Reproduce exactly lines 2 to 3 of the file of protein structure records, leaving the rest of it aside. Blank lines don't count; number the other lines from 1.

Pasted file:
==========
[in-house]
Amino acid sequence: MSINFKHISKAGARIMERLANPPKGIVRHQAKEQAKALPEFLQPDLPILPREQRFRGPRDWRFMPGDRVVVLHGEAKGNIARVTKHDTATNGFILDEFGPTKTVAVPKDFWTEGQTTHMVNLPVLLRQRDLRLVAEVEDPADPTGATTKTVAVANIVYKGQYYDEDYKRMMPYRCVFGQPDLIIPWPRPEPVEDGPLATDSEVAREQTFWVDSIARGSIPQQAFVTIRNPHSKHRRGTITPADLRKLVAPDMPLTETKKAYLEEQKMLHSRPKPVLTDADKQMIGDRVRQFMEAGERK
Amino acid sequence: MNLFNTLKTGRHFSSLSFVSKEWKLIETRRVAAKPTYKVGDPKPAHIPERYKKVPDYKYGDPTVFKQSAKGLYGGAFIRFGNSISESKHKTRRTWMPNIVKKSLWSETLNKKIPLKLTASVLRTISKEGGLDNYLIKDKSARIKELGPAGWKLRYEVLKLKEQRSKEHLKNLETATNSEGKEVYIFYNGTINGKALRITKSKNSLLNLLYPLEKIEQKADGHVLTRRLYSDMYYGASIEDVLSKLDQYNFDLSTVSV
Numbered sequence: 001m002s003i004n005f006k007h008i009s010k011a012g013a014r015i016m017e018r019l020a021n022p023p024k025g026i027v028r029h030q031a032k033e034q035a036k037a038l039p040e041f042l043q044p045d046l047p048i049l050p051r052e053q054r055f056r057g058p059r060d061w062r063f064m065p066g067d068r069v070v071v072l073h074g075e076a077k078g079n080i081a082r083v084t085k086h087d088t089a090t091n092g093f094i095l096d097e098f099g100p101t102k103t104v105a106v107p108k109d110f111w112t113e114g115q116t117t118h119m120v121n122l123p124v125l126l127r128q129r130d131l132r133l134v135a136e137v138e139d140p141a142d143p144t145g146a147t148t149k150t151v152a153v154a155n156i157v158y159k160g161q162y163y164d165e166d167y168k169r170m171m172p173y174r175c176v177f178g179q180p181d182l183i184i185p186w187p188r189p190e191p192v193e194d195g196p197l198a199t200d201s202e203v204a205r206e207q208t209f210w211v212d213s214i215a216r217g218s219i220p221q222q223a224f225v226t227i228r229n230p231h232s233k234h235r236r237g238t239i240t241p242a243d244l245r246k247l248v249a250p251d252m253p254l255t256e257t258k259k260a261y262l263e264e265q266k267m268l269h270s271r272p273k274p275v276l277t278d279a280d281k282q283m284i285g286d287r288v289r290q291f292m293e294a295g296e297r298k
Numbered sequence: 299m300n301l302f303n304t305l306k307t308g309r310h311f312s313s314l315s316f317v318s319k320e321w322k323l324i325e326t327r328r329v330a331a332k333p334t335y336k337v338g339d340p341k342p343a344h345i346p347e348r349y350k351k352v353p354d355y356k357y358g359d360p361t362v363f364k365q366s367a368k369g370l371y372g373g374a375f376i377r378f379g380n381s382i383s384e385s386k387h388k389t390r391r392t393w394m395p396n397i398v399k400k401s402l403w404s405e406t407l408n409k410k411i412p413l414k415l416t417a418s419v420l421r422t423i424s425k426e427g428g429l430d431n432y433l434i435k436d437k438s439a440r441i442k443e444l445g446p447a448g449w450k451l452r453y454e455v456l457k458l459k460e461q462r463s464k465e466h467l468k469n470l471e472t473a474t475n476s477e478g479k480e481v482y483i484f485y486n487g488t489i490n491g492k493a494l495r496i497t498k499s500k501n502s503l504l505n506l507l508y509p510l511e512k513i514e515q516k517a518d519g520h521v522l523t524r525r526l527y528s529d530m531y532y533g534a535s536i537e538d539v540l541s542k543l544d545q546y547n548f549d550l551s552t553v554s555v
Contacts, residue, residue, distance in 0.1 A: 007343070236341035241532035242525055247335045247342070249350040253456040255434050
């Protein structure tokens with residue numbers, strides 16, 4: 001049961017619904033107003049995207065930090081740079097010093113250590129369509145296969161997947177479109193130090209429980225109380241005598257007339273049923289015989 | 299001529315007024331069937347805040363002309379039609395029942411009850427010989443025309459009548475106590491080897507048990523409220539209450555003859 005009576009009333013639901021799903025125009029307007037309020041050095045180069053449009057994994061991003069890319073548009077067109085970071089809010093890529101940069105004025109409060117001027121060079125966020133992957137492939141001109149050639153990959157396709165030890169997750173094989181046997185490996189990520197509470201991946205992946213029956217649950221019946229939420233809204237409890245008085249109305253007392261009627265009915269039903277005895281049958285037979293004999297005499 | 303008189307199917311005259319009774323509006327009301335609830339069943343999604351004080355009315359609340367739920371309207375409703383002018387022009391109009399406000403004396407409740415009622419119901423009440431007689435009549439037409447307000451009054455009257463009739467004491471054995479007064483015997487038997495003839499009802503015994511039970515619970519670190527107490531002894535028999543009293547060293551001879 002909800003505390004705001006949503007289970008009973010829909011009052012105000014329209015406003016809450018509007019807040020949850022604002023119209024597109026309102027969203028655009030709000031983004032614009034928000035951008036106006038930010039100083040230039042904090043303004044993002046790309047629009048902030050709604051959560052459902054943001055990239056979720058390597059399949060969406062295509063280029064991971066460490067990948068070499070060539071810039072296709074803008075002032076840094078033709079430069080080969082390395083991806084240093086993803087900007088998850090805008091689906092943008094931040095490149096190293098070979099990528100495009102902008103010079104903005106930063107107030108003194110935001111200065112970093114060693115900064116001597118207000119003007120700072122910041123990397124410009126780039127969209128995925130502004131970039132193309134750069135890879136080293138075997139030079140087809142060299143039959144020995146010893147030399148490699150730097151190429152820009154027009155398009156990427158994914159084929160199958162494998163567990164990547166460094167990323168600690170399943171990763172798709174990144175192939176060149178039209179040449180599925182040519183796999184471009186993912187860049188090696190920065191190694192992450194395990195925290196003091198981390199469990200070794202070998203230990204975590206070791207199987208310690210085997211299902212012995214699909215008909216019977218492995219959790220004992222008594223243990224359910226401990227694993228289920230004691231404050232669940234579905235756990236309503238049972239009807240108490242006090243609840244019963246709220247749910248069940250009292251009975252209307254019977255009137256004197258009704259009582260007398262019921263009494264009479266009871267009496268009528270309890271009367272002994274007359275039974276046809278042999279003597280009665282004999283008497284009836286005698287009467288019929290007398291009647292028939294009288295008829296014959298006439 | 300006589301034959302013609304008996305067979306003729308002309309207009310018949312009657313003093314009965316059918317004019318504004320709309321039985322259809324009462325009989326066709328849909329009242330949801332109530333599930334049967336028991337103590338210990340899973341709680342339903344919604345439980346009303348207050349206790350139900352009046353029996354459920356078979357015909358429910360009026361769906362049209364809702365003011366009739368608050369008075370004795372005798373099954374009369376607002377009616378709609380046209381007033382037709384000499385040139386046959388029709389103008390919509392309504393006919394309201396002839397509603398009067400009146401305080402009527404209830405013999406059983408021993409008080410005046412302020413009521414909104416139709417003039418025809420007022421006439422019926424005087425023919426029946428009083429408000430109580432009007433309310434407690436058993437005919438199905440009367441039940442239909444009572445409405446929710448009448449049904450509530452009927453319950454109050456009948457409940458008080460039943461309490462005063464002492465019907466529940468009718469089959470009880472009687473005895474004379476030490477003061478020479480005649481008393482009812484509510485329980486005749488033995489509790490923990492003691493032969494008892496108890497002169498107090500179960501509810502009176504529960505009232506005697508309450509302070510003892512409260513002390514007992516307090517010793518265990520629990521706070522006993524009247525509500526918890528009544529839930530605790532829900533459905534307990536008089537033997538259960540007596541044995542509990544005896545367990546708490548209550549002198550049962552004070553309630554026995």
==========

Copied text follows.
Amino acid sequence: MSINFKHISKAGARIMERLANPPKGIVRHQAKEQAKALPEFLQPDLPILPREQRFRGPRDWRFMPGDRVVVLHGEAKGNIARVTKHDTATNGFILDEFGPTKTVAVPKDFWTEGQTTHMVNLPVLLRQRDLRLVAEVEDPADPTGATTKTVAVANIVYKGQYYDEDYKRMMPYRCVFGQPDLIIPWPRPEPVEDGPLATDSEVAREQTFWVDSIARGSIPQQAFVTIRNPHSKHRRGTITPADLRKLVAPDMPLTETKKAYLEEQKMLHSRPKPVLTDADKQMIGDRVRQFMEAGERK
Amino acid sequence: MNLFNTLKTGRHFSSLSFVSKEWKLIETRRVAAKPTYKVGDPKPAHIPERYKKVPDYKYGDPTVFKQSAKGLYGGAFIRFGNSISESKHKTRRTWMPNIVKKSLWSETLNKKIPLKLTASVLRTISKEGGLDNYLIKDKSARIKELGPAGWKLRYEVLKLKEQRSKEHLKNLETATNSEGKEVYIFYNGTINGKALRITKSKNSLLNLLYPLEKIEQKADGHVLTRRLYSDMYYGASIEDVLSKLDQYNFDLSTVSV